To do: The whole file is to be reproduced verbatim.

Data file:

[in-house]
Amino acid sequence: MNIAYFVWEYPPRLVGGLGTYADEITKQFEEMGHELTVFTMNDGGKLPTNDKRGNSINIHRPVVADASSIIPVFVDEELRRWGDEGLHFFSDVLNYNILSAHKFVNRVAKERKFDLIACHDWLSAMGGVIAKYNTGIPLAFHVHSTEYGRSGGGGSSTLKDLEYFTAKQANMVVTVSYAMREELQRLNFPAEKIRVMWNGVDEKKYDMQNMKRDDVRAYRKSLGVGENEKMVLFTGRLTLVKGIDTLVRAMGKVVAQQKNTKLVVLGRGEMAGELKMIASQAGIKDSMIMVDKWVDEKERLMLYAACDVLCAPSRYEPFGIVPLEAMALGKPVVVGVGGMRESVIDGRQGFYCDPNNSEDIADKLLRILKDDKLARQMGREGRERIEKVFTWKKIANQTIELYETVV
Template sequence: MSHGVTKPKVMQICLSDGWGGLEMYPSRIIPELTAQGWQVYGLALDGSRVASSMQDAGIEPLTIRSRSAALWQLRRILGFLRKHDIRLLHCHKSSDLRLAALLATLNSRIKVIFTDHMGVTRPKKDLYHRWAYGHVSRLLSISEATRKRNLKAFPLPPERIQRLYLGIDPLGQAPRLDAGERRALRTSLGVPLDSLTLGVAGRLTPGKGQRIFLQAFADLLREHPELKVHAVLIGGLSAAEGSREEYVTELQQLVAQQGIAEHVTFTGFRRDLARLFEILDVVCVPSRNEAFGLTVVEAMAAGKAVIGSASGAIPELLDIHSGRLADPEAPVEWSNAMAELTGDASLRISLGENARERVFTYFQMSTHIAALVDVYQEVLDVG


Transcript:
[in-house]
Amino acid sequence: MNIAYFVWEYPPRLVGGLGTYADEITKQFEEMGHELTVFTMNDGGKLPTNDKRGNSINIHRPVVADASSIIPVFVDEELRRWGDEGLHFFSDVLNYNILSAHKFVNRVAKERKFDLIACHDWLSAMGGVIAKYNTGIPLAFHVHSTEYGRSGGGGSSTLKDLEYFTAKQANMVVTVSYAMREELQRLNFPAEKIRVMWNGVDEKKYDMQNMKRDDVRAYRKSLGVGENEKMVLFTGRLTLVKGIDTLVRAMGKVVAQQKNTKLVVLGRGEMAGELKMIASQAGIKDSMIMVDKWVDEKERLMLYAACDVLCAPSRYEPFGIVPLEAMALGKPVVVGVGGMRESVIDGRQGFYCDPNNSEDIADKLLRILKDDKLARQMGREGRERIEKVFTWKKIANQTIELYETVV
Template sequence: MSHGVTKPKVMQICLSDGWGGLEMYPSRIIPELTAQGWQVYGLALDGSRVASSMQDAGIEPLTIRSRSAALWQLRRILGFLRKHDIRLLHCHKSSDLRLAALLATLNSRIKVIFTDHMGVTRPKKDLYHRWAYGHVSRLLSISEATRKRNLKAFPLPPERIQRLYLGIDPLGQAPRLDAGERRALRTSLGVPLDSLTLGVAGRLTPGKGQRIFLQAFADLLREHPELKVHAVLIGGLSAAEGSREEYVTELQQLVAQQGIAEHVTFTGFRRDLARLFEILDVVCVPSRNEAFGLTVVEAMAAGKAVIGSASGAIPELLDIHSGRLADPEAPVEWSNAMAELTGDASLRISLGENARERVFTYFQMSTHIAALVDVYQEVLDVG